Start 2019 off right: Inspiration and Goal Setting

We know it’s the end of January, but we want to keep up the momentum from the new year holiday and head into next month inspired and excited to continue our personal and professional improvements.

We’ve dedicated some time compiling a list of inspirational quotes that we will continue to share throughout our social media network.

To supplement that, we wanted to give you some practical suggestions for staying motivated in the new year.

Goal setting

1. Set smart goals

Have you heard of goal-setting theory? One well-tested theory commonly used in project management techniques is that of SMART goal setting. SMART is a mnemonic acronym that helps you fit your goals into specific criteria that are proven to make achieving your goals more likely. SMART goals are SPECIFIC, MEASURABLE, ASSIGNABLE, REALISTIC and TIME-RELATED.

Specific means the goal is focused on a particular area of improvement. Measurable means that improvement can be quantifiably measured. For example, don’t just say you want to learn to play piano, but rather, say, “I want to learn to play five compositions from memory on the piano.” Sometimes coming  up with ways to quantify your goals can be difficult, but it makes a difference in tracking your progress. Assignable means any goal needs someone in charge of it. If you are working on a personal goal, it can be helpful to pick someone to be accountable to. Goals must be realistic, so be ambitious, but not too much! Look at the resources available to you and honestly assess what you can get done. And then, set a deadline. Time-related means your goal must have a deadline, and maybe posts along the way.

2. Set personal growth goals that depend on you

Sometimes, we have goals that become unattainable because of factors outside of our own control. You could set a goal to get married and have kids in five years, but the likelihood of achieving said goal is completely dependent on another person fitting into your plans. It’s better to focus your personal growth goals on yourself, and things that are dependent on you. You can certainly spend less money, or change your diet, without depending on someone else going along with you.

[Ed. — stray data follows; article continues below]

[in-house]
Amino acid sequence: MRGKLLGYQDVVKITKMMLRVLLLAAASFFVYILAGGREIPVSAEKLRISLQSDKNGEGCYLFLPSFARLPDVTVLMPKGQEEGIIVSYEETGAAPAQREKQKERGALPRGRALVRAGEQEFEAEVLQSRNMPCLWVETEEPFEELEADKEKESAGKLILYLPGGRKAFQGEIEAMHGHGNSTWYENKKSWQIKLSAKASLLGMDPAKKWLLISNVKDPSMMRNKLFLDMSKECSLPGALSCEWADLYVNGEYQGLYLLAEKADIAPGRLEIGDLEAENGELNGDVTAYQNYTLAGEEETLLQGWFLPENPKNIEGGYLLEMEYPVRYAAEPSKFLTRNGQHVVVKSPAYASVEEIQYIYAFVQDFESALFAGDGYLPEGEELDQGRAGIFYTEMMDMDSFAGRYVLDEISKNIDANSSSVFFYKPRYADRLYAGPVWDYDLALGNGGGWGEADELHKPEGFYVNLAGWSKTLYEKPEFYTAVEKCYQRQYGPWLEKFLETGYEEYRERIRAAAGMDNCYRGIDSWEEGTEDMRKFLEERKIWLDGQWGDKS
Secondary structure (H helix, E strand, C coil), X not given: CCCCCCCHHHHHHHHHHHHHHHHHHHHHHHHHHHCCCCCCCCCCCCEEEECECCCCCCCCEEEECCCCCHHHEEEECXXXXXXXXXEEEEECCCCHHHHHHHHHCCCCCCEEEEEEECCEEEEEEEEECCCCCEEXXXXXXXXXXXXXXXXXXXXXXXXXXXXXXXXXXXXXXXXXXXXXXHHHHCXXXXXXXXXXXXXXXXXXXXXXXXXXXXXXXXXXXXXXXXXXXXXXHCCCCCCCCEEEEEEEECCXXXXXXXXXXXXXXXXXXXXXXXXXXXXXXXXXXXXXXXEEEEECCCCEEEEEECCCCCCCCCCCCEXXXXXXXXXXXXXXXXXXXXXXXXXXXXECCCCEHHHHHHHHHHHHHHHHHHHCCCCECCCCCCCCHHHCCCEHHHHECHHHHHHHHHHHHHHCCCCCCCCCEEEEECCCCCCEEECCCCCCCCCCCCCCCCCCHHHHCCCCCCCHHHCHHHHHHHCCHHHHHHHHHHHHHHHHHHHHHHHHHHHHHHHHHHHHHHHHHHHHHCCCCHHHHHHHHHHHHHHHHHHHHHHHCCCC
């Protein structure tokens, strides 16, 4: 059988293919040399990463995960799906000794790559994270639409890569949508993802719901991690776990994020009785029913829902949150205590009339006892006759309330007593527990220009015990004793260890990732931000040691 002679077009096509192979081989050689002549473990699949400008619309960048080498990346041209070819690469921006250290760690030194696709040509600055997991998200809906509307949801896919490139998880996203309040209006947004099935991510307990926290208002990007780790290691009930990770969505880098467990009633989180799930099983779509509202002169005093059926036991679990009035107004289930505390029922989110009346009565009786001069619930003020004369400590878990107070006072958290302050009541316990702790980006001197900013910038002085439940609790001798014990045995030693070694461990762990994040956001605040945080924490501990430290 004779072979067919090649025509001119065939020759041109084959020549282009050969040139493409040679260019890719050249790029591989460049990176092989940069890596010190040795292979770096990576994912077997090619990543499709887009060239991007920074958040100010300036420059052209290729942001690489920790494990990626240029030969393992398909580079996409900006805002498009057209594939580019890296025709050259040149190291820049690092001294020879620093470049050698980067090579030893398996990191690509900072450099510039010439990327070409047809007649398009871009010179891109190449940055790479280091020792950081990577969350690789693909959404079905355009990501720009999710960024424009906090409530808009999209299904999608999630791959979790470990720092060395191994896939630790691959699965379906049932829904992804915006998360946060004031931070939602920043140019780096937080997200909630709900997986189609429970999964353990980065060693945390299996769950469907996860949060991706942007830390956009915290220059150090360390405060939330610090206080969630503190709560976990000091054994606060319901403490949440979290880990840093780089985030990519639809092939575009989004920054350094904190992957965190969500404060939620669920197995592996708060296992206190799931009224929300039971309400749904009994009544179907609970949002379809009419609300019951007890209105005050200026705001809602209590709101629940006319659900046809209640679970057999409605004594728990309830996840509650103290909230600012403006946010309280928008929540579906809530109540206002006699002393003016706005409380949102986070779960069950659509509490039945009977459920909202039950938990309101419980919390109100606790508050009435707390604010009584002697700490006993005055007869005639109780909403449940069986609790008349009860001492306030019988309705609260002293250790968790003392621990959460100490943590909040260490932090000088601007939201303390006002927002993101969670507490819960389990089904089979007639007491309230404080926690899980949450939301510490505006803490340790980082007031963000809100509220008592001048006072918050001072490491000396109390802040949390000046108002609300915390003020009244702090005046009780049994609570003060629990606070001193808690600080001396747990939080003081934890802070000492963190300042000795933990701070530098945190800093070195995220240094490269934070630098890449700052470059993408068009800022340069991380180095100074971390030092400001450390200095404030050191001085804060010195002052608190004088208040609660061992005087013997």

You can also seek to manage the risks that might affect your ability to achieve your goal. There is a saying in English that the only things certain in this world are death and taxes, but you can do your best to assess the risks associated with your goal and do what you can to mitigate them. Do you know you’ll have a lot of business meetings out, despite your goal to lose a few pounds? Maybe try to schedule more calls or lunches, and suggest healthy restaurants to meet at. Life can get in the way of a lot of our goals, but that’s the whole reason we set and track them!

3. Get inspired

Leonardo Da Vinci is quoted as saying “I have been impressed with the urgency of doing. Knowing is not enough; we must apply. Being willing is not enough; we must do.” And so he did! The man created beautiful artwork, participated in politics, and left us with inventions that are still relevant today. He was constantly inspired by nature and the things he saw around him, and we want you to channel that can-do attitude to propel yourself into your projects this year.

One way to do that is to create a vision board. Vision boards are tools that rely on the Law of Attraction to bring good things into your life. The idea is that you identify your wishes and desires for your life, and then actively seek out words or images that represent those things so you can create a board or poster and have a visual reminder of your goals somewhere useful to you. Our brains are very visually stimulated, and seeing an image of your dream can certainly be a great way to motivate you to stick to your goals.

First, plan your board. Think about your values, career goals, family life, love life, health goals, financial desires, and maybe a new skill or self-improvement project you want to take on. Determine whether you want to compartmentalize your goals into multiple boards, and purchase the materials to build your board. Then begin collected images or words from different sources such as newspapers, magazines, images or quotes you find online, photographs, book pages, brochures, etc. Images are especially powerful for this exercise. Then, set aside some time and space to really give your board some thought and construct a useful tool that will have you visualizing your goals on a continued basis to keep you focused and inspired.


We’d love to hear about your goals for 2019, and are happy to help in any way we can. Let us know what projects you’re taking on!